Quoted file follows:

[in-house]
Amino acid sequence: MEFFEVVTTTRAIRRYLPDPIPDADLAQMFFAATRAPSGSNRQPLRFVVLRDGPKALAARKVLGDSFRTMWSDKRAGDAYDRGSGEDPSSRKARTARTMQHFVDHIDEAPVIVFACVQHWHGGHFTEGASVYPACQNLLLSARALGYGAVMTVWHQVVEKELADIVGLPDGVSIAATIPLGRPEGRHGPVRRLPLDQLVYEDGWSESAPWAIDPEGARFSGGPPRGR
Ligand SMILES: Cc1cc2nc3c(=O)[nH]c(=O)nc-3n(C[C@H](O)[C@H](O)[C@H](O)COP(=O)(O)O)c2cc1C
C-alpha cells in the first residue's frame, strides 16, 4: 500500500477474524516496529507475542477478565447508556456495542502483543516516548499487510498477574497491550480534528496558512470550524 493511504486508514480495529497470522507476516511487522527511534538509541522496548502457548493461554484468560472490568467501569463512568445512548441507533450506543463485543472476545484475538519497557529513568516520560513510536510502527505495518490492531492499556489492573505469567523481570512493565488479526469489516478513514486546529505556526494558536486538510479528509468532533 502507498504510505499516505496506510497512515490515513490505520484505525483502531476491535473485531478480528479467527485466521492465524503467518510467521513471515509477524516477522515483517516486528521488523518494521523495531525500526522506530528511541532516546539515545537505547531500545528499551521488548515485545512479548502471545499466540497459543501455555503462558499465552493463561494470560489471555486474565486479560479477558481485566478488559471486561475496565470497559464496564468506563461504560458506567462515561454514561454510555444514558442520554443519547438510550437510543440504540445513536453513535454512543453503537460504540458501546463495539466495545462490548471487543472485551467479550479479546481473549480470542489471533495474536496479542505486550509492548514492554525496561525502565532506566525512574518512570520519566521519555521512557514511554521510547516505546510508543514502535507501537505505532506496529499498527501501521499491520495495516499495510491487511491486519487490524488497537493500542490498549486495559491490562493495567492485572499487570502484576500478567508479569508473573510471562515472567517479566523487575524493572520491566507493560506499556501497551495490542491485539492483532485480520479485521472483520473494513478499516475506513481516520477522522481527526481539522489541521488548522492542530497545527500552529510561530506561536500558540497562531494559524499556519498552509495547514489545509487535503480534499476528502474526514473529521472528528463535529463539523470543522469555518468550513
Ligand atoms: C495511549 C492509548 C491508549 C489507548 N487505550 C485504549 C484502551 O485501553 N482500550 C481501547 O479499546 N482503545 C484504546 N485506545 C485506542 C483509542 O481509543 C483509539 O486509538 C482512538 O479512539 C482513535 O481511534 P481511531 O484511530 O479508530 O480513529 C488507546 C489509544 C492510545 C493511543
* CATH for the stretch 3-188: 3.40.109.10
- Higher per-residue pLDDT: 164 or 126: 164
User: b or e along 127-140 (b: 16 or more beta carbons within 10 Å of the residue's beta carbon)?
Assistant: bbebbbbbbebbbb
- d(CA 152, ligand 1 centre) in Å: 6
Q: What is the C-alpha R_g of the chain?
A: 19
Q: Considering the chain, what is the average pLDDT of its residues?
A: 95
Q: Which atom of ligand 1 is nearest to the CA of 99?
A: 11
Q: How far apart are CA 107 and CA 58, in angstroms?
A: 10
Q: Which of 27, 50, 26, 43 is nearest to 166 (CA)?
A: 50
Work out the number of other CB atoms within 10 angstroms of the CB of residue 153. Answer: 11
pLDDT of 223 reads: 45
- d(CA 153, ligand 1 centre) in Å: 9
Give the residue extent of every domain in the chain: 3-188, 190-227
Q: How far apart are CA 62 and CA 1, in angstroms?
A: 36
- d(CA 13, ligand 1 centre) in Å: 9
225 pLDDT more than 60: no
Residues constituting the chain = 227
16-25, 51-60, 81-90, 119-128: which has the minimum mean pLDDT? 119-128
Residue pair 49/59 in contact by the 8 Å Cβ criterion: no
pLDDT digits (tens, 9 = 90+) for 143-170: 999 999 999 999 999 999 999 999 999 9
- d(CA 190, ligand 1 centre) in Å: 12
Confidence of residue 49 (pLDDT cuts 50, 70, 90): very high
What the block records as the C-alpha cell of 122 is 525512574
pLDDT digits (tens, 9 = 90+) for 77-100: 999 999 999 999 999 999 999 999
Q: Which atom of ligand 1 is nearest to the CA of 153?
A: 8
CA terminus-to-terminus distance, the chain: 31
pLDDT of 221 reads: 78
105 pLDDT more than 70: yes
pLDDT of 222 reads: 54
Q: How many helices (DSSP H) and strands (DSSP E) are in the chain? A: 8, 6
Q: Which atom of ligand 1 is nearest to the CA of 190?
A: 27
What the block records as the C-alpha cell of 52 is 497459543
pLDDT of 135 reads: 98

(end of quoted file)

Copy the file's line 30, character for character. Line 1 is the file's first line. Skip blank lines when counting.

16-25, 51-60, 81-90, 119-128: which has the minimum mean pLDDT? 119-128